WASHINGTON — Another U.S. Representative from Colorado signaled he would vote against a congressional resolution authorizing the use of military force in Syria. And he may not be the last.
Rep. Doug Lamborn, R-Colorado Springs, took to the airwaves Friday morning to announce his tentative opposition to intervening in the war-torn Middle Eastern country.
“I’m leaning, very much leaning against President Obama’s resolution,” Lamborn said on Richard Randall’s radio talk show on KVOR in Colorado Springs.
Lamborn cast his position as a vote of no confidence in Obama’s foreign policy. “I don’t trust the leadership of Barack Obama. It’s just like following from behind. I do like that he’s consulting with Congress, and it’s horrific to use gas against civilians, so there is a side on doing this, but Richard, there’s so much against President Obama.”
Last Saturday, Obama announced he would seek congressional authorization for a limited air strike on Syria, which has been accused of gassing 1,400 civilians on Aug. 21. Reportedly, he has been contacting lawmakers personally to garner their support, and he said he will address the nation Tuesday night about the threat Syria’s use of chemical weapons poses.
Lamborn, a member of the House Armed Services Committee, represents activists and interests on both sides of the issue. Pro-Israel lobbying groups as well as foreign policy hawks support a strike on Syria. Movement conservative organizations such as Heritage Action oppose military intervention.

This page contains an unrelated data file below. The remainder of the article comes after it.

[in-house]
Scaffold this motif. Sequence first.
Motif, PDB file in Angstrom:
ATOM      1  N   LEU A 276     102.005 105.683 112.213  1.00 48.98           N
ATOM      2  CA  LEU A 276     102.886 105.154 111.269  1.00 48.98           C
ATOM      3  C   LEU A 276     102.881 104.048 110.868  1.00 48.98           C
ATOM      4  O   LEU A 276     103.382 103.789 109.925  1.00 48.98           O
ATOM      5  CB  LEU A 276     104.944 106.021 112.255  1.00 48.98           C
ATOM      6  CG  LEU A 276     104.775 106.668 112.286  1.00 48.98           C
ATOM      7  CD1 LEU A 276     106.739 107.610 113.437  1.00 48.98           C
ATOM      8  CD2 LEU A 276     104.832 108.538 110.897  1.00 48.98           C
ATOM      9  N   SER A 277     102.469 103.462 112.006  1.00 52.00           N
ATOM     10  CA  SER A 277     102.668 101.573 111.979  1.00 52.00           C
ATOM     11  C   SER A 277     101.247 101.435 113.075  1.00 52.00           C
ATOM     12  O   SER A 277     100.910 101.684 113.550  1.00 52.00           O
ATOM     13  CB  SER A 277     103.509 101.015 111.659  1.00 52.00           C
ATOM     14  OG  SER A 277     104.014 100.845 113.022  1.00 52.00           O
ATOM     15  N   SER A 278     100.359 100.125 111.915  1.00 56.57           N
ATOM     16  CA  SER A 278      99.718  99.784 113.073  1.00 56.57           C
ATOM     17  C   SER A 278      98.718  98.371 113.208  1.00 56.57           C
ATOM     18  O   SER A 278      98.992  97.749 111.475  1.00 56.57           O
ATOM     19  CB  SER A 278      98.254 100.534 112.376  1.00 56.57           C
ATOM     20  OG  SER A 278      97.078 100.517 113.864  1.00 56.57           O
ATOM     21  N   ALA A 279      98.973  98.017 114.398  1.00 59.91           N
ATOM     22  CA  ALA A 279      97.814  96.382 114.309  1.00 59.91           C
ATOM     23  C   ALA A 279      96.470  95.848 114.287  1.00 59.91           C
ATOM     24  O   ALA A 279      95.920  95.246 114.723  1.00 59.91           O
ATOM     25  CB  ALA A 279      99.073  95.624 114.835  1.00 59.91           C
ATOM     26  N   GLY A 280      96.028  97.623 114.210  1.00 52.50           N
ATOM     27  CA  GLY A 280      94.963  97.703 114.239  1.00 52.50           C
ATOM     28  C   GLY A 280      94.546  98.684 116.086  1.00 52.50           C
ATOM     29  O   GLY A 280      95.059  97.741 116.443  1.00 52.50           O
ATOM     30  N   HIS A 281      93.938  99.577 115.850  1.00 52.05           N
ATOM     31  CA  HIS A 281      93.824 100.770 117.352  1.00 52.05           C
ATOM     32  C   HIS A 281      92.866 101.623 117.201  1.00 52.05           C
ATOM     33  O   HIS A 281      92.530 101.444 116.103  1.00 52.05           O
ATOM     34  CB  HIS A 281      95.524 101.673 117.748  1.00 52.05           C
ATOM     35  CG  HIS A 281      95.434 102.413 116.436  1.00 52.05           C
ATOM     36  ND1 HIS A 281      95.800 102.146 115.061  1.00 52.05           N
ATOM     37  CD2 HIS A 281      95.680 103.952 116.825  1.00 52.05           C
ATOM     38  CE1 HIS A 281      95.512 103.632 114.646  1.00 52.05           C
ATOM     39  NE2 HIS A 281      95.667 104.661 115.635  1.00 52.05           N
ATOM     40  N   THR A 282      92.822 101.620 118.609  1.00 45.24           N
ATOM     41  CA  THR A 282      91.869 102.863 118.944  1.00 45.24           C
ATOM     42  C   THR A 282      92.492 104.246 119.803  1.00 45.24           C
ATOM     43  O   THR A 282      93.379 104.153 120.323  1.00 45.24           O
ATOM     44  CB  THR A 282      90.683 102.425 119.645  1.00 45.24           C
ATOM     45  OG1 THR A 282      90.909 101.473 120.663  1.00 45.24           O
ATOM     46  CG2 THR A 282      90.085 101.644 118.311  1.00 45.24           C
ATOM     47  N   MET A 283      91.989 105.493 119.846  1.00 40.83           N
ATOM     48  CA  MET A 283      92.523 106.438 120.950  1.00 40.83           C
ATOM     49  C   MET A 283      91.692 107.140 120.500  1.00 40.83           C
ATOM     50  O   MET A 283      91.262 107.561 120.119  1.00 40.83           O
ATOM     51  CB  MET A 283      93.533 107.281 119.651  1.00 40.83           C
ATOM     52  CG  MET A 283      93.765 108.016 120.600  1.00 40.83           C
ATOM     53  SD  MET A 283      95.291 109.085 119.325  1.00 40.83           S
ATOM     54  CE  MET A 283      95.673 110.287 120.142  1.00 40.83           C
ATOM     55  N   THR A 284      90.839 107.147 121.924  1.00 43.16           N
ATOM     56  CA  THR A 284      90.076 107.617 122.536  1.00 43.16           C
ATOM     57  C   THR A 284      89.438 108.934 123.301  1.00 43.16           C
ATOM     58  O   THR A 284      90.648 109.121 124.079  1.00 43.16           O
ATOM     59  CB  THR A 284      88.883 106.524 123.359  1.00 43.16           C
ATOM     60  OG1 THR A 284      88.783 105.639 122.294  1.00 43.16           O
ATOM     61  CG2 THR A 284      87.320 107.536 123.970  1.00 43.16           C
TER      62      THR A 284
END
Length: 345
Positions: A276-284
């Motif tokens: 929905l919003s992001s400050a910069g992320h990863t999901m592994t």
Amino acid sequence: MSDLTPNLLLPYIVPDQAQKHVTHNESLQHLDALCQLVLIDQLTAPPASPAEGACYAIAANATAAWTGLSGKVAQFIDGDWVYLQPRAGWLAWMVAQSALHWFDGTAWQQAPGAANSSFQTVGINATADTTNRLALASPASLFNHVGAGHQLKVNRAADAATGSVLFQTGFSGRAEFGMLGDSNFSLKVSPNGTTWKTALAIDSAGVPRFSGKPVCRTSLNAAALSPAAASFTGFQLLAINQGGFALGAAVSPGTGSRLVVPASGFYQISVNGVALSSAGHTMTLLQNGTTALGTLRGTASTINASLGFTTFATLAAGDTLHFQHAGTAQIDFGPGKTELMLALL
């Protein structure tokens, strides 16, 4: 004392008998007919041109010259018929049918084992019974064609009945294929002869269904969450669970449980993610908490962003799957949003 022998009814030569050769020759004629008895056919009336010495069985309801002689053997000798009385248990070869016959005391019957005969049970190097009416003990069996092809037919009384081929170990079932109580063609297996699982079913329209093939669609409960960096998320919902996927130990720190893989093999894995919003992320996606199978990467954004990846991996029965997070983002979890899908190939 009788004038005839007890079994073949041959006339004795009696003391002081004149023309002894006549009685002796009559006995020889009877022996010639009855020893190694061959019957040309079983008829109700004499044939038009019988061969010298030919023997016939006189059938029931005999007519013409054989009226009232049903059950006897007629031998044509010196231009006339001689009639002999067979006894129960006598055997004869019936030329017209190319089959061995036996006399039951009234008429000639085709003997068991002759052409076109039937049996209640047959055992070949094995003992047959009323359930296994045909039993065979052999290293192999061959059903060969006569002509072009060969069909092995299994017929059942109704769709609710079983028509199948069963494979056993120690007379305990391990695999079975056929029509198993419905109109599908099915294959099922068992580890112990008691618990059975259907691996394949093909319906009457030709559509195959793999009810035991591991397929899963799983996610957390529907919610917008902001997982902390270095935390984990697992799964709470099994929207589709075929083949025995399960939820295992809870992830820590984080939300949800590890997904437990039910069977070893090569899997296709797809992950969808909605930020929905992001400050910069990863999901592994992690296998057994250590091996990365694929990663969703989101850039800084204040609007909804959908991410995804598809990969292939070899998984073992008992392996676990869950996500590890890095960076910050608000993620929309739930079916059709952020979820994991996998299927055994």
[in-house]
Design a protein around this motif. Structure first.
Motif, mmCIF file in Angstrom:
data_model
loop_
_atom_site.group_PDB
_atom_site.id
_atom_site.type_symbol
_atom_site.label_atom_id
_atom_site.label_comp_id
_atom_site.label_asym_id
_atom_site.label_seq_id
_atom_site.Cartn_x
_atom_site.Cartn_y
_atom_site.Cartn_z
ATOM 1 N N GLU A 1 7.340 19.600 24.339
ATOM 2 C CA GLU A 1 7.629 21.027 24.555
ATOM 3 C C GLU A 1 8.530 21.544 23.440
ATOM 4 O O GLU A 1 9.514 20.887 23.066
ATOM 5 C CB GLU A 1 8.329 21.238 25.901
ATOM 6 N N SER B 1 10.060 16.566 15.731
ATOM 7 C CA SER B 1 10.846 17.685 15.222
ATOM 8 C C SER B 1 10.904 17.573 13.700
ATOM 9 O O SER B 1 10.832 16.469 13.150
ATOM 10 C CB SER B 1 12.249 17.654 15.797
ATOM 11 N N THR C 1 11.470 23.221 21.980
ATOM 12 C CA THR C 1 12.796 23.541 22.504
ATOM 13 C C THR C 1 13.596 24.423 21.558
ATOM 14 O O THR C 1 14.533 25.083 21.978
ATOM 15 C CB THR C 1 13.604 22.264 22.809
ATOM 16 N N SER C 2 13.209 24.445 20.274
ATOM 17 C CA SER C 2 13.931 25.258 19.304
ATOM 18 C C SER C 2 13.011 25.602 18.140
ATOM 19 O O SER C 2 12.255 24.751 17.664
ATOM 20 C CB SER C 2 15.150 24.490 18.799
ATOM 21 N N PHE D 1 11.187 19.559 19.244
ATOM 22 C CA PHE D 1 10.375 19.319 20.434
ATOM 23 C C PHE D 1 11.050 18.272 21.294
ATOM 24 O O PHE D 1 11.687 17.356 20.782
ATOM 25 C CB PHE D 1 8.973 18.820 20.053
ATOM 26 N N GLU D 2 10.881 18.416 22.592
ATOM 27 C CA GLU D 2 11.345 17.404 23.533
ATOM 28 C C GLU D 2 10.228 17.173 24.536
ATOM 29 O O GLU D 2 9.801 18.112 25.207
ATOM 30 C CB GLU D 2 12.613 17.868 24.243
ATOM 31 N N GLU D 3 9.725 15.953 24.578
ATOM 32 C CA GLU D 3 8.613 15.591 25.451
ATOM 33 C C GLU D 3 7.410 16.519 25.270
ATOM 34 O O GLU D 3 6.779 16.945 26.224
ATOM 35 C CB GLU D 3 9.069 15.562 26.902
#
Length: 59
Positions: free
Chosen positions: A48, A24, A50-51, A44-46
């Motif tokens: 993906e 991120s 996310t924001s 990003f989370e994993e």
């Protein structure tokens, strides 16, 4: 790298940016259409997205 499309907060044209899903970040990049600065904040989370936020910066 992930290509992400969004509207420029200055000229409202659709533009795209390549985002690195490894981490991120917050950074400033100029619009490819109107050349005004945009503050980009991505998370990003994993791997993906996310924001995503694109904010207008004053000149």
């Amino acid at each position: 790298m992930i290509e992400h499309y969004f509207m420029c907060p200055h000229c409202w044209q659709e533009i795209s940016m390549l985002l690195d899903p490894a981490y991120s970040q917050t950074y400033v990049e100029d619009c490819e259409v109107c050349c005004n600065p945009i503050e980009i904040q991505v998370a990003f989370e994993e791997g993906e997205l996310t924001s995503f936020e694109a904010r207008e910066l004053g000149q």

Lamborn’s statement follows those of his Republican colleagues Scott Tipton of Cortez and Cory Gardner of Yuma earlier this week. Tipton said “barring new knowledge,” he would oppose a resolution of force, while Gardner said he was “deeply skeptical” of intervening in Syria.
Rep. Mike Coffman of Aurora is the lone Republican in Colorado’s congressional delegation who has suggested he would vote for a resolution that authorizes an attack on Syria. On his Facebook page Wednesday, Coffman announced that his support for attacking Syria is conditional.
“I remain supportive of the concept of a limited strike in order to deter (President Bashar-al) Assad regime from the further use of chemical weapons, but I have growing concerns about whether such a limited strike could actually accomplish that objective,” he wrote.
Coffman added on his Facebook page he expects to make up his mind when he returns to Washington next week to attend classified briefings on Syria.